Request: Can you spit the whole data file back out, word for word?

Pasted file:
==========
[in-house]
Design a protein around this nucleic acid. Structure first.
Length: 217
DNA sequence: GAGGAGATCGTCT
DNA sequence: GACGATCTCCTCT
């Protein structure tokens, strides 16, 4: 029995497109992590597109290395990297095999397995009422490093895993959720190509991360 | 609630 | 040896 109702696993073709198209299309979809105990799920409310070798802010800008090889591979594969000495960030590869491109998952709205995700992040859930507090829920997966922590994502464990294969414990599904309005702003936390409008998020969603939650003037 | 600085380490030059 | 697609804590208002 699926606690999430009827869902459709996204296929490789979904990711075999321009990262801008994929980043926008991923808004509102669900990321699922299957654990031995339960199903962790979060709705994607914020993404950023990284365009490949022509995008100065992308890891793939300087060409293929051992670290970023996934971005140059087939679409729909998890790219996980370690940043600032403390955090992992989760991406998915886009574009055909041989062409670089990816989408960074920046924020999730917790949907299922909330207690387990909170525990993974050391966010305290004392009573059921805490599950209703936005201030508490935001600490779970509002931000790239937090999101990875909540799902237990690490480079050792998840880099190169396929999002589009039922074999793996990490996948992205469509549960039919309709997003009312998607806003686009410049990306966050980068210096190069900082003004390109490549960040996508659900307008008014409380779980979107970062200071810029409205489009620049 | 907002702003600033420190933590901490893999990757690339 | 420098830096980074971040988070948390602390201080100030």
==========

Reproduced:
[in-house]
Design a protein around this nucleic acid. Structure first.
Length: 217
DNA sequence: GAGGAGATCGTCT
DNA sequence: GACGATCTCCTCT
């Protein structure tokens, strides 16, 4: 029995497109992590597109290395990297095999397995009422490093895993959720190509991360 | 609630 | 040896 109702696993073709198209299309979809105990799920409310070798802010800008090889591979594969000495960030590869491109998952709205995700992040859930507090829920997966922590994502464990294969414990599904309005702003936390409008998020969603939650003037 | 600085380490030059 | 697609804590208002 699926606690999430009827869902459709996204296929490789979904990711075999321009990262801008994929980043926008991923808004509102669900990321699922299957654990031995339960199903962790979060709705994607914020993404950023990284365009490949022509995008100065992308890891793939300087060409293929051992670290970023996934971005140059087939679409729909998890790219996980370690940043600032403390955090992992989760991406998915886009574009055909041989062409670089990816989408960074920046924020999730917790949907299922909330207690387990909170525990993974050391966010305290004392009573059921805490599950209703936005201030508490935001600490779970509002931000790239937090999101990875909540799902237990690490480079050792998840880099190169396929999002589009039922074999793996990490996948992205469509549960039919309709997003009312998607806003686009410049990306966050980068210096190069900082003004390109490549960040996508659900307008008014409380779980979107970062200071810029409205489009620049 | 907002702003600033420190933590901490893999990757690339 | 420098830096980074971040988070948390602390201080100030």